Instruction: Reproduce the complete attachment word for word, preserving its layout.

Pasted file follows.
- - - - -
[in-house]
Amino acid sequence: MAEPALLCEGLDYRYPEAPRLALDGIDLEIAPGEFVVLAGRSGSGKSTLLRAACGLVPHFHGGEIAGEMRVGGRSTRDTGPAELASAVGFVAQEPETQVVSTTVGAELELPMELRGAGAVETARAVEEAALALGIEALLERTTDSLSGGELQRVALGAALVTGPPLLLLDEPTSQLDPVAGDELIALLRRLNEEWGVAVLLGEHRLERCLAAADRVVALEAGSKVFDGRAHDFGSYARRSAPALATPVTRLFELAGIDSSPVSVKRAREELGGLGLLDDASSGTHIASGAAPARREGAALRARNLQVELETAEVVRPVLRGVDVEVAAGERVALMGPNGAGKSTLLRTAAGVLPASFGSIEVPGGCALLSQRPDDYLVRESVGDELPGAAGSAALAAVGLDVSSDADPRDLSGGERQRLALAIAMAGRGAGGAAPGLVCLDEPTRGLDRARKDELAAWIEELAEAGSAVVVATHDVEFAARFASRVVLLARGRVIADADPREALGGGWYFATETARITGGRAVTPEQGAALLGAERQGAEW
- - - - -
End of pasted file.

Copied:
[in-house]
Amino acid sequence: MAEPALLCEGLDYRYPEAPRLALDGIDLEIAPGEFVVLAGRSGSGKSTLLRAACGLVPHFHGGEIAGEMRVGGRSTRDTGPAELASAVGFVAQEPETQVVSTTVGAELELPMELRGAGAVETARAVEEAALALGIEALLERTTDSLSGGELQRVALGAALVTGPPLLLLDEPTSQLDPVAGDELIALLRRLNEEWGVAVLLGEHRLERCLAAADRVVALEAGSKVFDGRAHDFGSYARRSAPALATPVTRLFELAGIDSSPVSVKRAREELGGLGLLDDASSGTHIASGAAPARREGAALRARNLQVELETAEVVRPVLRGVDVEVAAGERVALMGPNGAGKSTLLRTAAGVLPASFGSIEVPGGCALLSQRPDDYLVRESVGDELPGAAGSAALAAVGLDVSSDADPRDLSGGERQRLALAIAMAGRGAGGAAPGLVCLDEPTRGLDRARKDELAAWIEELAEAGSAVVVATHDVEFAARFASRVVLLARGRVIADADPREALGGGWYFATETARITGGRAVTPEQGAALLGAERQGAEW